Each of these issues causes substantial disruptions in the processes that drive development. The structure and guided experience that young people require is not available. Instead these young people often have no control over the pace of change and transition and are then highly susceptible to developmental problems occurring (Coleman & Hendry, 1990). Without the necessary experiences young people’s development can become out of step with those on a more typical developmental pathway.
So the aim for those involved in the lives of these young people, is to provide alternative experiences that help them catch up on, or reshape areas of development that have been disrupted. Consider:
- Providing regulated experiences, a sense of structure and support
- Providing experiences that correct damage done to identity through their experiences of distorted relationships and rejection – forming a strong positive relationship
- Providing opportunities for learning consequential thinking and responsible decision-making through reflecting with young people on their experiences - why things have happened and gaining insight into the impact of their actions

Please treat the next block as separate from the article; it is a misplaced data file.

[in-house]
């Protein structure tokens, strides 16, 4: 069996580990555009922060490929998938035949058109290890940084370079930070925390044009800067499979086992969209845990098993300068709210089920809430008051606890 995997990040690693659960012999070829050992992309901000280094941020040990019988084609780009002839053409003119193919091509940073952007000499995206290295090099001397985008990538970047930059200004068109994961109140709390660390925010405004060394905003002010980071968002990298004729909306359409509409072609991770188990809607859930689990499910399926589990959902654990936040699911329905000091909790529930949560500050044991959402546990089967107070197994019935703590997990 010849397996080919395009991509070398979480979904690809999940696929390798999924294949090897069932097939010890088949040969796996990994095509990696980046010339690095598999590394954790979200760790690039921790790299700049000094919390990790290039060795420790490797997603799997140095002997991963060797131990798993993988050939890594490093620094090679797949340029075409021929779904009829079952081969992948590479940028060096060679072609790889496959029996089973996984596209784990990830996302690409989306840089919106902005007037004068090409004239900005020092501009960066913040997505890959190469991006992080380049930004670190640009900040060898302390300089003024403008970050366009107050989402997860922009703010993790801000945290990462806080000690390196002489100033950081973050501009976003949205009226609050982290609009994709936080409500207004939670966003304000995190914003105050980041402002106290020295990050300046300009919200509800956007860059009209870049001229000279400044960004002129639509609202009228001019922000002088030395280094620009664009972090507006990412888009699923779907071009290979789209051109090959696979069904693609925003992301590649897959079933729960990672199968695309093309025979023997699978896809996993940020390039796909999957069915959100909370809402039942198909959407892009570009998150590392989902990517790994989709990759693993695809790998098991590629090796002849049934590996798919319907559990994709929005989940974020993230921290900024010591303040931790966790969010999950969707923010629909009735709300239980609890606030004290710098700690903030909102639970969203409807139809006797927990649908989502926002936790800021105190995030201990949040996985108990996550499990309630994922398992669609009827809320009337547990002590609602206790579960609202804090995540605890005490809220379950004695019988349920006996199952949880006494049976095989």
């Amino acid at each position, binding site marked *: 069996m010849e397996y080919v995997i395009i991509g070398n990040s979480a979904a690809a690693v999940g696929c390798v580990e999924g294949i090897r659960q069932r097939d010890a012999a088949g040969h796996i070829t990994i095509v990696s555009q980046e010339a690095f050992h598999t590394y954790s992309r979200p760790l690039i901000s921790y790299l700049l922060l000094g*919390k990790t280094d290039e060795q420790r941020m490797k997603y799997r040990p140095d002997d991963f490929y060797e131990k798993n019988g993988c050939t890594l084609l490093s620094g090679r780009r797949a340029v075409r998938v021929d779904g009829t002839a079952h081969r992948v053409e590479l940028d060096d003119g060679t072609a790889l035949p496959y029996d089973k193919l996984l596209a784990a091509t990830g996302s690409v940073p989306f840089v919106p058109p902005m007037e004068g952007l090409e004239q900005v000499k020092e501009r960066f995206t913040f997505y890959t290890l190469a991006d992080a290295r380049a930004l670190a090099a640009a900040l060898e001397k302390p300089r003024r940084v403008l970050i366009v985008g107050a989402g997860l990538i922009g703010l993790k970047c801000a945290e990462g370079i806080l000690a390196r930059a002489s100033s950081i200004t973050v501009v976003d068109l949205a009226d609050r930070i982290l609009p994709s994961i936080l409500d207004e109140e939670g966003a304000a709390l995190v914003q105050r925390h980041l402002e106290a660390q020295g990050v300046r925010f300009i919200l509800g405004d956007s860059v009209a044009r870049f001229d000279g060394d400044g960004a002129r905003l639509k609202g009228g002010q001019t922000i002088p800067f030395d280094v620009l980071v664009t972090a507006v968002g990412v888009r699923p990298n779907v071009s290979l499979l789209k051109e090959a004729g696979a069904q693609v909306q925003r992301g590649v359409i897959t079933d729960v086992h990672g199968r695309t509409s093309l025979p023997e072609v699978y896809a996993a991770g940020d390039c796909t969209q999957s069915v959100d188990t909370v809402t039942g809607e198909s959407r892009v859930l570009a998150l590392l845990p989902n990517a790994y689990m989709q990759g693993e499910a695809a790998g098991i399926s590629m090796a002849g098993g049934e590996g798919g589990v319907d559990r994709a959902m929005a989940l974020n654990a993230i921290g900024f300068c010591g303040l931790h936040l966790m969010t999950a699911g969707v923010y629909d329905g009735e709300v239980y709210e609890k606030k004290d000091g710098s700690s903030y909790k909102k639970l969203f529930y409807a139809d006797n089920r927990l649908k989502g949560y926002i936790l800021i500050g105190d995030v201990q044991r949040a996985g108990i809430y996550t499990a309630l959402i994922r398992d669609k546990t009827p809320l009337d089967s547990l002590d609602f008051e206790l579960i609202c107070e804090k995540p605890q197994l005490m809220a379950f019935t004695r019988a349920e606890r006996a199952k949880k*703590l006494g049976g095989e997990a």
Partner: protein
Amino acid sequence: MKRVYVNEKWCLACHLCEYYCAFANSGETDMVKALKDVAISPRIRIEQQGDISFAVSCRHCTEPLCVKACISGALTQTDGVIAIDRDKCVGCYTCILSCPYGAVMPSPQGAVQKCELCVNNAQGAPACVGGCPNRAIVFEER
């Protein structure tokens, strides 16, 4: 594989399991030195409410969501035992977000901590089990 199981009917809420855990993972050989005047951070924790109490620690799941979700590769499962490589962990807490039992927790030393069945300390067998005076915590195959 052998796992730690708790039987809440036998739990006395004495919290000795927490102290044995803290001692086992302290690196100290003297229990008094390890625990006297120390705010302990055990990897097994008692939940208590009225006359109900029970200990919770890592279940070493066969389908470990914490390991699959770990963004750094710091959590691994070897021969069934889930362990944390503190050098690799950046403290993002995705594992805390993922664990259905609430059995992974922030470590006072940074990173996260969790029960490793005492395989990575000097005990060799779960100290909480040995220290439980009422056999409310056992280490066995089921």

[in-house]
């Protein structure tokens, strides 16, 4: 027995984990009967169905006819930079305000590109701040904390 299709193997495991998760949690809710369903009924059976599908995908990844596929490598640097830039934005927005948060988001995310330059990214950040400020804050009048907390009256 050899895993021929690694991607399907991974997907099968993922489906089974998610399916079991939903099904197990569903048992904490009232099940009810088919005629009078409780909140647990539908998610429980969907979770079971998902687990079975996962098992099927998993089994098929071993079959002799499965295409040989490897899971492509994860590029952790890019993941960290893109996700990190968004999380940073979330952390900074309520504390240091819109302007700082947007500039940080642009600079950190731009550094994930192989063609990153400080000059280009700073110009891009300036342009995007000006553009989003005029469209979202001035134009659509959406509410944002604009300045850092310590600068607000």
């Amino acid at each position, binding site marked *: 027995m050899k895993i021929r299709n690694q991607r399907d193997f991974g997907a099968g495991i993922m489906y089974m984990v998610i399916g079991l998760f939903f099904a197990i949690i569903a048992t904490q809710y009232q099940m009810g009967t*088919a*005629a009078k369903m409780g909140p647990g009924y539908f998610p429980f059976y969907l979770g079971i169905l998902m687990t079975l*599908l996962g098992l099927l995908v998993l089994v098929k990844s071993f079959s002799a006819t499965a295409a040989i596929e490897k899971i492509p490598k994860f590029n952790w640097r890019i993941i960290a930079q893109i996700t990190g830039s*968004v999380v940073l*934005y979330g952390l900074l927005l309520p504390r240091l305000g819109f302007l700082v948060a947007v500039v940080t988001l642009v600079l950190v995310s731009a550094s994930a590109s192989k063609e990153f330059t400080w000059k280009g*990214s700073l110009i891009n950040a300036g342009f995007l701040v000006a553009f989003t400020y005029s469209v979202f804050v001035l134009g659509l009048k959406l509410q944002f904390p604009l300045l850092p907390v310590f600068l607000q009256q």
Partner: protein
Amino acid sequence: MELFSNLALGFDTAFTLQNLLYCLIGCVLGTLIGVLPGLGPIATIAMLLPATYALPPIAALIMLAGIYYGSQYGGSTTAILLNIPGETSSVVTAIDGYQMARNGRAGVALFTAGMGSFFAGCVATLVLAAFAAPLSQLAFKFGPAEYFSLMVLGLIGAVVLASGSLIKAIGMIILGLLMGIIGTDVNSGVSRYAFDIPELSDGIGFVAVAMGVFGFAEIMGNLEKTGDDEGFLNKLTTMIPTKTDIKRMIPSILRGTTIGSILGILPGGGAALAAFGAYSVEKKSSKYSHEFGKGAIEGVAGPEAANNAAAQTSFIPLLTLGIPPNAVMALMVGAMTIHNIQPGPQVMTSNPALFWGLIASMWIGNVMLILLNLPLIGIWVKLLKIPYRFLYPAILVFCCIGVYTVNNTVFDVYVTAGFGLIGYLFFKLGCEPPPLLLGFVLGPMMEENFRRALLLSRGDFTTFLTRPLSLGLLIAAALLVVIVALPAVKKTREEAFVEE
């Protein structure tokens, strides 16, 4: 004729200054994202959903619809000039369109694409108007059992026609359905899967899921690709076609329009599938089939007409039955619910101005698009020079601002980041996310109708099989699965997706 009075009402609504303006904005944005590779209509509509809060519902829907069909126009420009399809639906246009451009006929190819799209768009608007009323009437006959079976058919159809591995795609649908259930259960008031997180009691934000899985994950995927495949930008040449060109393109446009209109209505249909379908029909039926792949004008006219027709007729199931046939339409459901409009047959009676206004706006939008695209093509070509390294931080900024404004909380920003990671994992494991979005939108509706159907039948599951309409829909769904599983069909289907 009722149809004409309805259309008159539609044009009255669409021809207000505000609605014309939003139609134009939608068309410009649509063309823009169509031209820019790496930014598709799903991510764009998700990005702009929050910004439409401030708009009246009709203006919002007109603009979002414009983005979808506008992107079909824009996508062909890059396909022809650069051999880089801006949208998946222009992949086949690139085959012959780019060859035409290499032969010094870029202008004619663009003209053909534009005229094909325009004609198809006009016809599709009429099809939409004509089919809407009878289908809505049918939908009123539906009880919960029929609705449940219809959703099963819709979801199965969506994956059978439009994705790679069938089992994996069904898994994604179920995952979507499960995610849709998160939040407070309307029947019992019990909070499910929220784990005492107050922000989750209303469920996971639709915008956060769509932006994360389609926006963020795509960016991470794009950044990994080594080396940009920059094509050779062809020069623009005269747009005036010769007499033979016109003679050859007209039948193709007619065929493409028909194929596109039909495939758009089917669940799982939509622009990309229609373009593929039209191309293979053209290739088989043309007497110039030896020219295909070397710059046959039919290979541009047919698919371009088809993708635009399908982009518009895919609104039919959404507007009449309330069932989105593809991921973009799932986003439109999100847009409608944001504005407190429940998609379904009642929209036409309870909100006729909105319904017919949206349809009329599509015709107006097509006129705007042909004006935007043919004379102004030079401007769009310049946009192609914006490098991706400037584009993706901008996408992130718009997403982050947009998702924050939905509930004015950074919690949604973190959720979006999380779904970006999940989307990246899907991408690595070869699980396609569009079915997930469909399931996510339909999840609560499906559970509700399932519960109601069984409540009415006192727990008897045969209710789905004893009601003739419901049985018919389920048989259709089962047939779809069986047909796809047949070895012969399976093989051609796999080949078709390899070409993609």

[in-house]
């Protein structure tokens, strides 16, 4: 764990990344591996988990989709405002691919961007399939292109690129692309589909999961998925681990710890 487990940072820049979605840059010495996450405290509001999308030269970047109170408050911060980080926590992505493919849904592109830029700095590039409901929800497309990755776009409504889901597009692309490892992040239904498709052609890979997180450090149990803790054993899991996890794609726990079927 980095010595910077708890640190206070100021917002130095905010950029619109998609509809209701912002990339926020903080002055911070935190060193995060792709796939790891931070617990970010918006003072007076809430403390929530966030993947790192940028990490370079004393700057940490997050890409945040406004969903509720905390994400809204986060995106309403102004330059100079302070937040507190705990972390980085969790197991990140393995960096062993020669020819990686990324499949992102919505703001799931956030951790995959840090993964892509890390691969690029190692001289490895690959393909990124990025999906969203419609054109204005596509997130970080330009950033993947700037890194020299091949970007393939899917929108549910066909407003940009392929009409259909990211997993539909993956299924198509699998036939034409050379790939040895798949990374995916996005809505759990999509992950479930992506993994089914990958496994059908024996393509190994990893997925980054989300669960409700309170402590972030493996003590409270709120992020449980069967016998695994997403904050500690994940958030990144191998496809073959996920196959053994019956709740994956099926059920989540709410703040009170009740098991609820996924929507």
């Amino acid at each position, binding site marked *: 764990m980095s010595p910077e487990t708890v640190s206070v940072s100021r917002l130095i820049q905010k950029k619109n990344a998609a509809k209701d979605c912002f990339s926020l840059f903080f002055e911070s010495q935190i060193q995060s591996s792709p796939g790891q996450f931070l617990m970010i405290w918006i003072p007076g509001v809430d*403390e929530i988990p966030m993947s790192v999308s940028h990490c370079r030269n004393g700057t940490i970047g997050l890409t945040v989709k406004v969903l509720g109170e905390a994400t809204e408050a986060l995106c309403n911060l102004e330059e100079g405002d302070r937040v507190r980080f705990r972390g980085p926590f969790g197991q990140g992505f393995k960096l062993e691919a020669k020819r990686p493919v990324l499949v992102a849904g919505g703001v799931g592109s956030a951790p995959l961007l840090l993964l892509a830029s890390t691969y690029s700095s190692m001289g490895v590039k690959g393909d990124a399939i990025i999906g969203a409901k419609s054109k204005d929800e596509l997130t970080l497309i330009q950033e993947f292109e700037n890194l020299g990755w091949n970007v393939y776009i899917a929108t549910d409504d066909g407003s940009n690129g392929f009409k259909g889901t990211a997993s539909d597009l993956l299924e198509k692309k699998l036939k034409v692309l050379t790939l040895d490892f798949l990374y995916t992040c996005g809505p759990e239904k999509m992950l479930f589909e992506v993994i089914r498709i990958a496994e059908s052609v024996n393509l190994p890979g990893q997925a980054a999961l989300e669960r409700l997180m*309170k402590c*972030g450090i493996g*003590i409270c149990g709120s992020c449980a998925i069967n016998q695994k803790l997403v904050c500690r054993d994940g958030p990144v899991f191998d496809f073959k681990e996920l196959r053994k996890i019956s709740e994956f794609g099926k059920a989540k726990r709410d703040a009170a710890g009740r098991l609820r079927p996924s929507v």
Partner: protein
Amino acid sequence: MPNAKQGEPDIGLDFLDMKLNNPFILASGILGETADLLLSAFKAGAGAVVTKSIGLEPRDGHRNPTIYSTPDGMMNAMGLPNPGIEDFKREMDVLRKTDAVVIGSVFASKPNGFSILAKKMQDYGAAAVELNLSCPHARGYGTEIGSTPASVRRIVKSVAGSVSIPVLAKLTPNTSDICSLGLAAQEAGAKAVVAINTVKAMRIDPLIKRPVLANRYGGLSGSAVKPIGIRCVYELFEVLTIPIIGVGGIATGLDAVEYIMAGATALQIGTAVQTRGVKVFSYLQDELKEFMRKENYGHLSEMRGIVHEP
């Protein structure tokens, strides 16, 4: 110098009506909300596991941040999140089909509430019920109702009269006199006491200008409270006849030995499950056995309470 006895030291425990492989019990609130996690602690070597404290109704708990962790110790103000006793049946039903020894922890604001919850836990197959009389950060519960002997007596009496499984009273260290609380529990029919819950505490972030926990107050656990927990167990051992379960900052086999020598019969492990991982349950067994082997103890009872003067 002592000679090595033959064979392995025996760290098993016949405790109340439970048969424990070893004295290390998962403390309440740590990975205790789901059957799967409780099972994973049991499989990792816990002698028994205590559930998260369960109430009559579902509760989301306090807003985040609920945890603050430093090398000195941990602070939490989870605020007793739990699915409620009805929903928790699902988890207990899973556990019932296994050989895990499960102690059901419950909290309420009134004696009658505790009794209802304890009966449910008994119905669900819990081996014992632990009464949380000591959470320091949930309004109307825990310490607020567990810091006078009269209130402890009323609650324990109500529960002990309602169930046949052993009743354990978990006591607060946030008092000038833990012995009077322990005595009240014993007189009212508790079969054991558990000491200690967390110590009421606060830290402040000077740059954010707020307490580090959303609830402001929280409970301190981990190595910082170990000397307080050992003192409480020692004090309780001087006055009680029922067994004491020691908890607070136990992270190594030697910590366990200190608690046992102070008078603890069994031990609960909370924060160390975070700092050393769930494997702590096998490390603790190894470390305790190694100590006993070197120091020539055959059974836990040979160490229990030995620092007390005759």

- Helping young people find meaningful support within their families and social networks
- Recognise the strengths inherent in the coping skills young people have learnt from their experiences - these may not be usual or socially acceptable however they often hold strengths that can be channeled in more socially acceptable ways
- Recognise the underlying or hidden ‘health-seeking’ purpose of behaviours that are traditionally labeled and dismissed as ‘dangerous, delinquent, deviant and disorder’ (Ungar, 2005b)
Continuous assessment of young person’s capacity
Young people going through adolescence are constantly evolving and can make marked developmental gains in relatively short periods of time. As such, carers always needs to be aware of young peoples’ emerging development capacity and continually revive their understanding of the young person’s ability to cope with stressors in life, and effectively calculate and respond to risks.